The news that Sofia Coppola will direct a live-action adaptation of The Little Mermaid probably, rightfully will be lauded as an encouraging development for women in Hollywood. There are a number of successful female directors in the film industry (although not nearly enough), but it’s still shockingly rare that one gets assigned such a high-profile studio project.
Yet the producers of the film deserve props not (only) for choosing a woman director, but for choosing the perfect director for the story they’re going to tell.
Coppola’s films are known for their aesthetic beauty and moody, dream-like atmosphere. But her works all share something else, too. She’s not a political filmmaker per se, but the world that she depicts is one in which women are oppressed—not necessarily by men, but by cultural myths. Whether portraying a strictly traditional monarchy (Marie Antoinette), a fame- and image-obsessed society (The Bling Ring), or the all-American horny teenager (The Virgin Suicides), Coppola’s films rebel against a world that dictates the rules for women and then punishes them for playing by them.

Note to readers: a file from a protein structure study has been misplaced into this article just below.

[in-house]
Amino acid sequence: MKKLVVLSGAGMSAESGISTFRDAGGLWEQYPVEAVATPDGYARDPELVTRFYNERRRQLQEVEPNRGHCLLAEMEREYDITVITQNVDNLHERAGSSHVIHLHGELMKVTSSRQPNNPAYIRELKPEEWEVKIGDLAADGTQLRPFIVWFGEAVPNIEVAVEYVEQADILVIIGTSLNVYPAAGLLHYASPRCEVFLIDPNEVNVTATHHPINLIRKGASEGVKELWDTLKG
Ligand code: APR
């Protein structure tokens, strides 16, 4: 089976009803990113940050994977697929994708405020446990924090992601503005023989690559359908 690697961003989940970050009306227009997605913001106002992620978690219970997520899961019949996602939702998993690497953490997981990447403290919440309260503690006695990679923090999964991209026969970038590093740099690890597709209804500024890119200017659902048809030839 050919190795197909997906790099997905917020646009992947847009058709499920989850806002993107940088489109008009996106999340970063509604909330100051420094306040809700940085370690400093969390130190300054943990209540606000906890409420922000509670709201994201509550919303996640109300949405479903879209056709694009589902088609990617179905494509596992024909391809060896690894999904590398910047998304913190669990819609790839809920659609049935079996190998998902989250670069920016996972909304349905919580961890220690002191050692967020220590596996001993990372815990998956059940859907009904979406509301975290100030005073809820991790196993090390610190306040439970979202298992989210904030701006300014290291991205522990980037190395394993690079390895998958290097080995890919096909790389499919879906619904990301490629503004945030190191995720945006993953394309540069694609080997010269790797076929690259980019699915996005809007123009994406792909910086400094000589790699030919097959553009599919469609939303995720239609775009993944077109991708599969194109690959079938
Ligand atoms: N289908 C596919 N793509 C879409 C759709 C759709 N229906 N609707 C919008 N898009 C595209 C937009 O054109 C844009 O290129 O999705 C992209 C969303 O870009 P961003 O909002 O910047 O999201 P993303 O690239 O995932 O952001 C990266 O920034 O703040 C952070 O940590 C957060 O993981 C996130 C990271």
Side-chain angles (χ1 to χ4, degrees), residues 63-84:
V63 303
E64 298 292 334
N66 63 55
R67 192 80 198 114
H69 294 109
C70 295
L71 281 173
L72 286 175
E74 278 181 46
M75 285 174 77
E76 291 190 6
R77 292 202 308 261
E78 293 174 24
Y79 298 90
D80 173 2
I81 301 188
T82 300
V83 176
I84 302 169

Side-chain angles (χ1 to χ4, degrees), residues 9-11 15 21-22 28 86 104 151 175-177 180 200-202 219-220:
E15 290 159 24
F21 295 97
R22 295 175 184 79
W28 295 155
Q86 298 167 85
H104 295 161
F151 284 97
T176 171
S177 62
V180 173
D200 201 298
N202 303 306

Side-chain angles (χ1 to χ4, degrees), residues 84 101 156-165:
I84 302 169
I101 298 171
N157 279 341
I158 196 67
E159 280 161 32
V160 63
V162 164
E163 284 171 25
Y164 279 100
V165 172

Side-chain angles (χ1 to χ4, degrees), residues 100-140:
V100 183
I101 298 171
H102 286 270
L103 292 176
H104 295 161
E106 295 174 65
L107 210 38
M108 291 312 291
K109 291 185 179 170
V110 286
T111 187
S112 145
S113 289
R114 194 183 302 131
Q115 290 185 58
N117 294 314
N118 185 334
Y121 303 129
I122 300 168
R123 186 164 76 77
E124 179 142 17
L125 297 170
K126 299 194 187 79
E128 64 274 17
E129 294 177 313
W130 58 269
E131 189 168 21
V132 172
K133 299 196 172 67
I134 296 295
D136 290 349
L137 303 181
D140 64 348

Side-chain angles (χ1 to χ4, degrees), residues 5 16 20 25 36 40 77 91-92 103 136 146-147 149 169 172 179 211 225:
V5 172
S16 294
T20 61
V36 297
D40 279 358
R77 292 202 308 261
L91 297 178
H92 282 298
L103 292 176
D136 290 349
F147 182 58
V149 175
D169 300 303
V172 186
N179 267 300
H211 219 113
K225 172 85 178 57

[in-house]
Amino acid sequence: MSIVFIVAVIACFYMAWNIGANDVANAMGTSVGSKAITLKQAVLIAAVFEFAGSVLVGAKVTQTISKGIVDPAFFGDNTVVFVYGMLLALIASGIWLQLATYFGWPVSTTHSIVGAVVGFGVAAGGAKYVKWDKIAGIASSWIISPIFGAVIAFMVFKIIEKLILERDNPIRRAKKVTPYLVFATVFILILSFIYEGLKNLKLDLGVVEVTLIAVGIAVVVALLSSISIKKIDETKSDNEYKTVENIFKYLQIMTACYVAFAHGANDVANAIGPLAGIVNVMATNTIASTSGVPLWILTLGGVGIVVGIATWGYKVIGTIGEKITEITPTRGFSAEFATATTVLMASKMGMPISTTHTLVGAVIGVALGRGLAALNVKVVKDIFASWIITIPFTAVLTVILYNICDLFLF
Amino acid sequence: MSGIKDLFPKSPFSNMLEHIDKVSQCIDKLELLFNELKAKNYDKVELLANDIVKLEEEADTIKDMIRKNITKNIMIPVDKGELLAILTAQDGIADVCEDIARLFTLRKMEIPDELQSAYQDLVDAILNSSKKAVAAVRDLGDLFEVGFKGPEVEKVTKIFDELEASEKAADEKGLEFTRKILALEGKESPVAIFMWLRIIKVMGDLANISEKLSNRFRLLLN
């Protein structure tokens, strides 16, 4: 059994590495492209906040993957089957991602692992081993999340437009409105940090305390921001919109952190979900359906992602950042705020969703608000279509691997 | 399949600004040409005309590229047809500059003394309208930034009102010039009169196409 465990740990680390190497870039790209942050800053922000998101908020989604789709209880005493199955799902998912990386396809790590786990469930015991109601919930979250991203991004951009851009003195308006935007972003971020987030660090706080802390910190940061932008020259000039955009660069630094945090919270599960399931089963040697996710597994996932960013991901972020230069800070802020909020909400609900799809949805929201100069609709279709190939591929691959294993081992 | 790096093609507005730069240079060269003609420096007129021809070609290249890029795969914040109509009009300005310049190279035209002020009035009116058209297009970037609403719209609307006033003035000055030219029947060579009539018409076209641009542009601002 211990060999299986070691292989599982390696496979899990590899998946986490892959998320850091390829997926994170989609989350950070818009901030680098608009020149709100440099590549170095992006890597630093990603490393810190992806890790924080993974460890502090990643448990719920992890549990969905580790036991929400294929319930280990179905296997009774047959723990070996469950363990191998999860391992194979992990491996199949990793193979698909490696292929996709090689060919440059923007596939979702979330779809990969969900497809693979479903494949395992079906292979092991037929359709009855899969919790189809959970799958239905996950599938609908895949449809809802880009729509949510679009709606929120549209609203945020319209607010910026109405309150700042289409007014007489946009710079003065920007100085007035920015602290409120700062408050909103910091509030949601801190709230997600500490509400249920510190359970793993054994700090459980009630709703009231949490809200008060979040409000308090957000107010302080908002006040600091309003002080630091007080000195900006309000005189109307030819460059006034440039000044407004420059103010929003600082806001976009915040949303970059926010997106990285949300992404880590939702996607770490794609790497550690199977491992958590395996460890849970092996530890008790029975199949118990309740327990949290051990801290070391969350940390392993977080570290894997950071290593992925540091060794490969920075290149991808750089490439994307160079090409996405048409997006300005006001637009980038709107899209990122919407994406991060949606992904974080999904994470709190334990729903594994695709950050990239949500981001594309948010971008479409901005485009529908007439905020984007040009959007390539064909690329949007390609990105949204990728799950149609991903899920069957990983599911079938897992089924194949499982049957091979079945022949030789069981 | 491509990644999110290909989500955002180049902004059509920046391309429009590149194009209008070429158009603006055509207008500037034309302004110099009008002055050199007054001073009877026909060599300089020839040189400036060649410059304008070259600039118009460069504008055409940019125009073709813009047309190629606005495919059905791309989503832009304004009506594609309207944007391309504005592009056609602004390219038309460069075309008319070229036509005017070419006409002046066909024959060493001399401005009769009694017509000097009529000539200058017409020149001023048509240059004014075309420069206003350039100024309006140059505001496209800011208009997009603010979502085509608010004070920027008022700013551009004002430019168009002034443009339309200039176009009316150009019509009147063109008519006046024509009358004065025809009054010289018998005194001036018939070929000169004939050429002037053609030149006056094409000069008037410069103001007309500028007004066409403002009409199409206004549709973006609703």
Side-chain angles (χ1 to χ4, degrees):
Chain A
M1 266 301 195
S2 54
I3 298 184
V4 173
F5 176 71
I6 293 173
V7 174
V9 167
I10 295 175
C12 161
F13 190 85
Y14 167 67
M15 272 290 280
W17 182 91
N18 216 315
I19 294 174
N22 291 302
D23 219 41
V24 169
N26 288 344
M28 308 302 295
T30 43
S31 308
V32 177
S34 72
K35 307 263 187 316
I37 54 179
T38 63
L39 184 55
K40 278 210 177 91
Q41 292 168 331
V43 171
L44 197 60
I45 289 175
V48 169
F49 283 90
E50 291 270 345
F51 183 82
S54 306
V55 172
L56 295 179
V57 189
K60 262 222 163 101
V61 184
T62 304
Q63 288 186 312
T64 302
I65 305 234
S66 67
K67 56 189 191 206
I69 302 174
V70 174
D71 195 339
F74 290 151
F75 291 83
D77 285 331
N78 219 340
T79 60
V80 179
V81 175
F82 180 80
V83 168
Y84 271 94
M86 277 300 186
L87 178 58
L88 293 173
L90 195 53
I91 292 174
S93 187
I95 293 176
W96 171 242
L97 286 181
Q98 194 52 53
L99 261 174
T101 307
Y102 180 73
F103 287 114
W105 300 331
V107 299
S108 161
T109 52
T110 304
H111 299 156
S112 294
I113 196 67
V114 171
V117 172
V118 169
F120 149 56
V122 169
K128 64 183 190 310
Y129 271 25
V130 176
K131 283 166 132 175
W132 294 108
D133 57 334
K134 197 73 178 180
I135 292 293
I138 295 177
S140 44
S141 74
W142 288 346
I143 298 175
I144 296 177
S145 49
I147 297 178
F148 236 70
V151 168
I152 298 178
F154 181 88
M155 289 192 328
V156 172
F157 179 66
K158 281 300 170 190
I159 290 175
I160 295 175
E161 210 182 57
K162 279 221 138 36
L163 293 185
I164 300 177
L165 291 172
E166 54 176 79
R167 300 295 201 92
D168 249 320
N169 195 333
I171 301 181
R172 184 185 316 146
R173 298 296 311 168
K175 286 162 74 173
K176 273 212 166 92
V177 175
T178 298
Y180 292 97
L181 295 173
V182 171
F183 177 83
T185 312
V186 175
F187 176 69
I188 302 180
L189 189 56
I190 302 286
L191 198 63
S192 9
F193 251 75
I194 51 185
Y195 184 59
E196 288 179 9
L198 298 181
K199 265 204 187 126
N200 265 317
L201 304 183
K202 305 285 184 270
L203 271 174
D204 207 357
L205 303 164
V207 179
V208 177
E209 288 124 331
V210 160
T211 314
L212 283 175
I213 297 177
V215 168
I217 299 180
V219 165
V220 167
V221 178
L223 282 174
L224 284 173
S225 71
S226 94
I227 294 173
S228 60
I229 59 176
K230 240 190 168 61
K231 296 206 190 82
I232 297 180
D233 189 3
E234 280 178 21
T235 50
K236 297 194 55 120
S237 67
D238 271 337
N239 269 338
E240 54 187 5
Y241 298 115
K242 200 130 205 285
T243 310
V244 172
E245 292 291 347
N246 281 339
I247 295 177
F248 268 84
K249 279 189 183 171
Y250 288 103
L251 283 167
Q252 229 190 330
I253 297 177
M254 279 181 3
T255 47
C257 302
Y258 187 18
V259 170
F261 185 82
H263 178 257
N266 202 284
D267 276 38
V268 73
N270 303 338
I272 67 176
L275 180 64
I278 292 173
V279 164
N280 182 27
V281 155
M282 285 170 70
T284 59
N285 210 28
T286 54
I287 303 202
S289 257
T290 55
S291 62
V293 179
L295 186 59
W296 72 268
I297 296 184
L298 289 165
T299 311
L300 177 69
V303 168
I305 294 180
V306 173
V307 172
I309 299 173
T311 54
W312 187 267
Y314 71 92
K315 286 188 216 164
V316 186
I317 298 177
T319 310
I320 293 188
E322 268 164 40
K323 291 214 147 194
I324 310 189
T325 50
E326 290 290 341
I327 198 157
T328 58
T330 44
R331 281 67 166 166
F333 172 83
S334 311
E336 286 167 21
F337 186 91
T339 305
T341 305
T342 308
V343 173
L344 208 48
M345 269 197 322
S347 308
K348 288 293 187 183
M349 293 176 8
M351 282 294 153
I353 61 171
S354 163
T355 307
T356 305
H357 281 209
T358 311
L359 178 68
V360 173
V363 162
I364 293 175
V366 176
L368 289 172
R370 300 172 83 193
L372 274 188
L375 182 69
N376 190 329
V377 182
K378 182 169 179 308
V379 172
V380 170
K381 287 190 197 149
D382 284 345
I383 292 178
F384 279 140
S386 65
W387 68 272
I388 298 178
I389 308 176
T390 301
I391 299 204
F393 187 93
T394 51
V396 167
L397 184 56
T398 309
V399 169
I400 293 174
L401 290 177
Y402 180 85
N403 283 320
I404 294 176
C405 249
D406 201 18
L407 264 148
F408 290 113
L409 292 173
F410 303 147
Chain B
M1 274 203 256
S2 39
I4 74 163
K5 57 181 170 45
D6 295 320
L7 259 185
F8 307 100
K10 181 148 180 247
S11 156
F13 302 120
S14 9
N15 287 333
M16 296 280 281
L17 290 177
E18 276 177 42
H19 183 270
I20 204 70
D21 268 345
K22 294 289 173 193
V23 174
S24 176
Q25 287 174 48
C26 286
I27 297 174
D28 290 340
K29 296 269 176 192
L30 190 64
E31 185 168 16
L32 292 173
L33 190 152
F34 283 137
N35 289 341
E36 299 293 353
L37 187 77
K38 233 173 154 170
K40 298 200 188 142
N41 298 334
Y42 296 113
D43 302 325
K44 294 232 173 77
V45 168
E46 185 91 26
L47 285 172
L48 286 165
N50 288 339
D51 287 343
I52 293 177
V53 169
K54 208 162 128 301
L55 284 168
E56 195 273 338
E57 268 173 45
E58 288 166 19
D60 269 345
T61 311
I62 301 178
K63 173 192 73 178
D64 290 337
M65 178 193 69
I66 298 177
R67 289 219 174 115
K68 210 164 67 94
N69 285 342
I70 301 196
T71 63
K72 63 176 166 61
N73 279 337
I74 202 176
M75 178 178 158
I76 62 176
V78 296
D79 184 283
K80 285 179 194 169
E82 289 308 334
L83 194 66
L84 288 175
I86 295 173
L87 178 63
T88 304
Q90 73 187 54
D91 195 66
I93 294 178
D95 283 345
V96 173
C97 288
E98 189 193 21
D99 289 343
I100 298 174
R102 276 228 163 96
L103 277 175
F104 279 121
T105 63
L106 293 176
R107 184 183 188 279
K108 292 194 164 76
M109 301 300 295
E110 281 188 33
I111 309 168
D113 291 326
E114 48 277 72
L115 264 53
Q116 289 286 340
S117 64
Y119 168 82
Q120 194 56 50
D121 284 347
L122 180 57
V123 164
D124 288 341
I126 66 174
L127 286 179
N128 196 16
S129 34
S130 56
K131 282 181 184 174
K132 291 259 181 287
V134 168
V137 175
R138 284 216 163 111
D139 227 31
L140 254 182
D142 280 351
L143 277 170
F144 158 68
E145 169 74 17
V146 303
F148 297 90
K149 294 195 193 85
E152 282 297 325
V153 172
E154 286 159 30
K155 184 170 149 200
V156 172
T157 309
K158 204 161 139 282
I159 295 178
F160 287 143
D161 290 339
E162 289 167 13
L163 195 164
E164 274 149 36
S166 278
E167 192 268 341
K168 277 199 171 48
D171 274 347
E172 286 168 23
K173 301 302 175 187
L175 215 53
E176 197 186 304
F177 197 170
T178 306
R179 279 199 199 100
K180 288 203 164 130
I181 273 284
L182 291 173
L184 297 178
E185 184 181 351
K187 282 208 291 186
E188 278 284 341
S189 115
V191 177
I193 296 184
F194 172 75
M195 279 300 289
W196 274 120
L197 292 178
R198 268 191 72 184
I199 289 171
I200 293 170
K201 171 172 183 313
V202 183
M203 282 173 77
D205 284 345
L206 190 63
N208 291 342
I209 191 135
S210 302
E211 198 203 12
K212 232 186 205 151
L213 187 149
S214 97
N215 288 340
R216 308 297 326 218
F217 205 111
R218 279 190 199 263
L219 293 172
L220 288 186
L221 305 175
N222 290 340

The Little Mermaid follows the exact same template, but takes the punishment even further. I’m not talking about the 1990 Disney version of the story, though that film’s feminist implications have in fact been hotly debated—the mermaid Ariel is a spunky, rebellious sort (that’s good!), but she ends up a classic damsel-in-distress and relies on the prince to save her life (that’s bad!). I’m talking about the original, dark fairy tale written by Hans Christian Andersen in 1836. It’s a cruel cautionary fable for young women who forsake their physical and emotional identities for the fantasy of “true love.”